Global Investigations Review - The law and practice of international investigations

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Wednesday, 25 March 2020

Former Hong Kong stock exchange executive charged with accepting bribes

Hong Kong prosecutors have charged a former Hong Kong stock exchange executive and a consultant over an alleged bribery scheme.

The Independent Commission Against Corruption (ICAC) announced on 25 March that it has charged former executive Eugene Yeoh Kim-loong with one count each of accepting a bribe and misconduct in a public office, and former consultant Richard Lum Chor-wah with one count of paying a bribe.

Prosecutors allege that financial consultant Lum paid Yeoh $2 million to support the initial public offering of a company called Shen You Holdings.

ICAC said the case was referred to them by Hong Kong’s Securities and Futures Commission.

SEC announces it has paid $570,000 to two whistleblowers

The US Securities and Exchange Commission (SEC) has announced that it has paid two whistleblowers a total of $570,000 for providing significant information that led to multiple successful enforcement actions. 

The SEC said in a 24 March press release that it had paid one whistleblower $478,000 and another $94,000.

The agency announced a day earlier that it awarded $1.6 million to a whistleblower who provided information about securities law violations that led to charges and enforcement actions. 

According to the SEC, it has awarded more than $396 million to 76 whistleblowers since handing out the first such award in 2012.

Mexico formally requests Lozoya’s extradition from Spain

The Mexican government has requested the extradition of former Petróleos Mexicanos (Pemex) director Emilio Lozoya after his arrest in Spain in February, according to reports.

Prosecutors allege that Lozoya received $10 million in bribes from Brazilian construction company Odebrecht while leading the state-owned oil company.

Prosecutors are also investigating whether he received $3.5 million in connection with Pemex’s purchase of a fertiliser plant from a Mexican steelmaker.

Lozoya has denied both allegations. 

Mexico had until 26 March to formally request Lozoya’s extradition from Spain.

Odebrecht employees allegedly paid $10.5 million in bribes to Mexican officials from 2010 to 2014, according to a plea agreement the company signed with US, Brazilian and Swiss authorities in 2016.

AFA and CGU agree closer cooperation

The French Anti-corruption Agency (AFA) and Brazil’s Comptroller General of the Union (CGU) have agreed to bolster their cooperation in international corruption investigations.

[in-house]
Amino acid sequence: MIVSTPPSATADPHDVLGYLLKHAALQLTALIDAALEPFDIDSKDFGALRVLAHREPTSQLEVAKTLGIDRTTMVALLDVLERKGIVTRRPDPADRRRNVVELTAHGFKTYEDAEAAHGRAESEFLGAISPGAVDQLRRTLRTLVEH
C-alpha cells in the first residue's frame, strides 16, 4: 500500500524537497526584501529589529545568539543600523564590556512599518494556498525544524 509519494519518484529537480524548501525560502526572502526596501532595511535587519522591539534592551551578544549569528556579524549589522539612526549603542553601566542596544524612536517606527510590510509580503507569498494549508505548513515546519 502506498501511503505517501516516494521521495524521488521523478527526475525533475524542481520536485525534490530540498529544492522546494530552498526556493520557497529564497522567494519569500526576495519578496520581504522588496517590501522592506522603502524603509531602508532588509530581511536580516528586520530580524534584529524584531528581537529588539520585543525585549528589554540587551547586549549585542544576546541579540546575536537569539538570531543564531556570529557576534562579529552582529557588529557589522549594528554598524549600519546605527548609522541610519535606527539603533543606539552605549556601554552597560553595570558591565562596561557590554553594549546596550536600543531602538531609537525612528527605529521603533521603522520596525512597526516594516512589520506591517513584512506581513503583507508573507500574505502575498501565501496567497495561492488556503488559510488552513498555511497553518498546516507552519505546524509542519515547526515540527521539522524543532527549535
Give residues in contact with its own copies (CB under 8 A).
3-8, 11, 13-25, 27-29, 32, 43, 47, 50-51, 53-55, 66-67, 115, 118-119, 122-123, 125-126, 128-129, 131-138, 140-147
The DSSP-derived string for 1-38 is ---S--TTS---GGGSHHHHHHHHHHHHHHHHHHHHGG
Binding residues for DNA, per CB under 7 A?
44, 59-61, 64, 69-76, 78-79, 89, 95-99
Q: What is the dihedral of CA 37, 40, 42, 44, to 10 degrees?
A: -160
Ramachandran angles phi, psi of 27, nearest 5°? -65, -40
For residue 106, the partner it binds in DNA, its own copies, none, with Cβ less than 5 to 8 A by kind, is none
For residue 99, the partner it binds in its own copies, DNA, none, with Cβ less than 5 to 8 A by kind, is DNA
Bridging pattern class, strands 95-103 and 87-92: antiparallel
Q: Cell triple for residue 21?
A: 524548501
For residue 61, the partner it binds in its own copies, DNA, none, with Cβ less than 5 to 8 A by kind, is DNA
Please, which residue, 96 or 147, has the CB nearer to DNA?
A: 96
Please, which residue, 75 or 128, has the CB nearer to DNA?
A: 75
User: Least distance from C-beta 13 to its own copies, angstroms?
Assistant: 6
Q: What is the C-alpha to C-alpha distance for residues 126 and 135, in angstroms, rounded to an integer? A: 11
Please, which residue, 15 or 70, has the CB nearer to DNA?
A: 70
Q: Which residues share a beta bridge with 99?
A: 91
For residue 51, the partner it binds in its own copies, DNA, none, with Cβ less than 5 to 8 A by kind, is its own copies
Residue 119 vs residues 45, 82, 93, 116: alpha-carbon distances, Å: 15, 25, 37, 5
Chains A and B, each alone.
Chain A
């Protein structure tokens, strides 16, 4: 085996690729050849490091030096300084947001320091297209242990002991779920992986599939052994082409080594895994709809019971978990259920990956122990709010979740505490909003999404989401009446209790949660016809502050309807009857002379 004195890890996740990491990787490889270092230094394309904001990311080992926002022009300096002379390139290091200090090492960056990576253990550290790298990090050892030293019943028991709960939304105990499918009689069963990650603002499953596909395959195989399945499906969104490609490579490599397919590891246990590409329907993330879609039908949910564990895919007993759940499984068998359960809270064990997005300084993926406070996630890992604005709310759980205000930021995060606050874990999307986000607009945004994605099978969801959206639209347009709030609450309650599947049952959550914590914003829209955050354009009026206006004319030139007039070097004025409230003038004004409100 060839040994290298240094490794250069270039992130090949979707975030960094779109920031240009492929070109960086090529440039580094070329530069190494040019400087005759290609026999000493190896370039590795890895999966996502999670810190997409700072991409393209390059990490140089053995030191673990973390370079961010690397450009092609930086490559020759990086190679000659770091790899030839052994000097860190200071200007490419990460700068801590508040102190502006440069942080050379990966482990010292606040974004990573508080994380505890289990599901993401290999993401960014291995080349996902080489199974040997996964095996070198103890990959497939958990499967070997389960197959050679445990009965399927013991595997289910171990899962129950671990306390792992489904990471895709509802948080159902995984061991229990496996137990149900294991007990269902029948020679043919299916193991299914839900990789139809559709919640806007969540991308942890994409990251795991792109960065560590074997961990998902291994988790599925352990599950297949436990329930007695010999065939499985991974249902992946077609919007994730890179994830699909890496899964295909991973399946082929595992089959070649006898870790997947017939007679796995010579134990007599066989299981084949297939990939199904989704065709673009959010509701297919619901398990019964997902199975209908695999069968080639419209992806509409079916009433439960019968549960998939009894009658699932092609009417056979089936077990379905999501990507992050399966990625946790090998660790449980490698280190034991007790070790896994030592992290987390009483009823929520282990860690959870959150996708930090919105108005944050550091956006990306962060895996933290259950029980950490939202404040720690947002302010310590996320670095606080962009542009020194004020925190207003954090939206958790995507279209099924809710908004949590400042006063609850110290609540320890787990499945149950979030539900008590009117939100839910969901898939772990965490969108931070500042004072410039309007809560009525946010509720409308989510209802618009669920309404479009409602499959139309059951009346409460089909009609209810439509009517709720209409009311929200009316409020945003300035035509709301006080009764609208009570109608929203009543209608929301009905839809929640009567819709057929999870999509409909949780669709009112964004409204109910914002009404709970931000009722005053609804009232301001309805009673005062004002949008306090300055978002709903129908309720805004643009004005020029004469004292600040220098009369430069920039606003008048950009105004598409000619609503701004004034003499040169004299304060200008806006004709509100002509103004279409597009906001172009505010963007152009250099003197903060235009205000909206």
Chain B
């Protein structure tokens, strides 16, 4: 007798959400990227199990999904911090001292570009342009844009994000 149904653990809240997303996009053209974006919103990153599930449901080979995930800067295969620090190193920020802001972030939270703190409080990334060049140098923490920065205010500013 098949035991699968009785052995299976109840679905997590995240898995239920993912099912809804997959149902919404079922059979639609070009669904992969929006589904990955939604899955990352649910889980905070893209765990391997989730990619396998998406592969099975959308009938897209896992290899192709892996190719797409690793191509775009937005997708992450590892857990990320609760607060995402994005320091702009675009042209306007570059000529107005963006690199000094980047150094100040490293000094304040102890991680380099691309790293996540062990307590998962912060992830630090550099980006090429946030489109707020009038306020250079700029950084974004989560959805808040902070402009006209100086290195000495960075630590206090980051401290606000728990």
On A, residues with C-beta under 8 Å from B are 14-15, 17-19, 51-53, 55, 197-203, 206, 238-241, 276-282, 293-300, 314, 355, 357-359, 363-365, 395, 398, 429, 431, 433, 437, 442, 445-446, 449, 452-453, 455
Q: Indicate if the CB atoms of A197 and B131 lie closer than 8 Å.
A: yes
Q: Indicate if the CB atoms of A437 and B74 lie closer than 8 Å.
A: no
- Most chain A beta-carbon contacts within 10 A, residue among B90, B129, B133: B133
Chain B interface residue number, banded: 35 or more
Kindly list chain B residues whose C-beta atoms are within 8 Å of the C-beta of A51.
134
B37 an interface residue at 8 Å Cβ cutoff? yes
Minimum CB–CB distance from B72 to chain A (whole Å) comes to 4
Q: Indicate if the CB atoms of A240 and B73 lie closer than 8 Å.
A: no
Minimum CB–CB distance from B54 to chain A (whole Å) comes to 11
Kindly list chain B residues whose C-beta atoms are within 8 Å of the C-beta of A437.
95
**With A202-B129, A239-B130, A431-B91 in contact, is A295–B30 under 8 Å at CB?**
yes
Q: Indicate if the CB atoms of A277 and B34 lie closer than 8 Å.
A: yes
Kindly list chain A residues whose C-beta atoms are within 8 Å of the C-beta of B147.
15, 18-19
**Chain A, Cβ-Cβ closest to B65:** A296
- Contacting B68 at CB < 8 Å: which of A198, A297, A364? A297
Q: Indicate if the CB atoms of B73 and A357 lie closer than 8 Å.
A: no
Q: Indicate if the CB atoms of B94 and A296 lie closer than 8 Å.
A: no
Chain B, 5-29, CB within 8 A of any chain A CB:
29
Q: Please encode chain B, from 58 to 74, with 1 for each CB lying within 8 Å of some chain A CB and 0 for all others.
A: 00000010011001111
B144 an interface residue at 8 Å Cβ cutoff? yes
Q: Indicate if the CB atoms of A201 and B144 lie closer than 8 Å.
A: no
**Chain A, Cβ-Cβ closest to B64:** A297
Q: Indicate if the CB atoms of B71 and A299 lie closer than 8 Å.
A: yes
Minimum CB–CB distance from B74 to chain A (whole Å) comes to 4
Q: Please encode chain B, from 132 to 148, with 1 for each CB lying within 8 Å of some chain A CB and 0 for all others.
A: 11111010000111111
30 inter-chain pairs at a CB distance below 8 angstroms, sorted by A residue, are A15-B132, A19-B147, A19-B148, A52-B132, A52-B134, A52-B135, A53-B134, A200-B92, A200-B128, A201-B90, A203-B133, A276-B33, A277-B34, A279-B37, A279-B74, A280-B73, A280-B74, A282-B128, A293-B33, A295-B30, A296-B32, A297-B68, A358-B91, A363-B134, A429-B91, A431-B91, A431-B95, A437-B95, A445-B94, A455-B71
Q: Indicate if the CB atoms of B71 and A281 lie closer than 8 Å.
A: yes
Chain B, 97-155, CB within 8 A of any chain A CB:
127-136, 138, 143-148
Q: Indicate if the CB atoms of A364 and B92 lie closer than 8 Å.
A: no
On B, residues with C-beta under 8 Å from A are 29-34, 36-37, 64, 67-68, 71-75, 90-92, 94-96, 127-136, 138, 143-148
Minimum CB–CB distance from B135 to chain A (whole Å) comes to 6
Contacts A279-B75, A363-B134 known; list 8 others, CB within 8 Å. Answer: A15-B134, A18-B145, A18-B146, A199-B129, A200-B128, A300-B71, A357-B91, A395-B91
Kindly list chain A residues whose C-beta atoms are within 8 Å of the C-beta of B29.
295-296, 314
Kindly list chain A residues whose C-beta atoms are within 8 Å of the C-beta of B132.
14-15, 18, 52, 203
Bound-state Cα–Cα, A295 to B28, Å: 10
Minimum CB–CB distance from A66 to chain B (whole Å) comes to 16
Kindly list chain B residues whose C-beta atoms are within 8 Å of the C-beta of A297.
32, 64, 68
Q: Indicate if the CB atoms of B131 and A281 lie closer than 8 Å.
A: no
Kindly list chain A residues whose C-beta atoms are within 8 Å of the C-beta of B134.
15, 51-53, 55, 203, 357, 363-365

The AFA said on 25 March that its representatives had met with CGU officials to consolidate a cooperation protocol that both parties signed in December 2019.

“This sharing of experiences, practices and challenges was an opportunity to deepen the operational cooperation between the AFA and the CGU,” the AFA said.

NMC Health’s debt balloons to $6.6 billion amid investigations

Dubai-based healthcare company NMC Health has revealed a further $1.2 billion in debt up from the $5 billion in total debt that it reported earlier in March.

NMC Health said in a filing to the London Stock Exchange on 24 March that it had discovered two separate debts worth  $400 million and $800 million each.

The company said it had also verified $300 million in debt that was previously known to the board, bringing its total debt to $6.6 billion. 

NMC Health is conducting an investigation into allegations that it has failed to disclose the full extent of its debt, which were raised by short-seller Muddy Waters Research in December 2019.

The UK Financial Conduct Authority is investigating accounting discrepancies at the company. 

Swedish FSA delays results of SEB money laundering investigation

Sweden's Financial Supervisory Authority (FSA) has announced that it will reveal its decision on alleged money laundering violations at Swedish bank Skandinaviska Enskilda Banken (SEB) in June.

The FSA originally intended to conclude its investigation and decide whether to penalise SEB in April.

The FSA said the delay was due to the spread of the coronavirus which had prompted reprioritisations in its workload.

The agency is investigating SEB over suspicious payments that flowed through its subsidiaries in Estonia, Latvia and Lithuania. SEB has previously said that it is working with the FSA on the matter.

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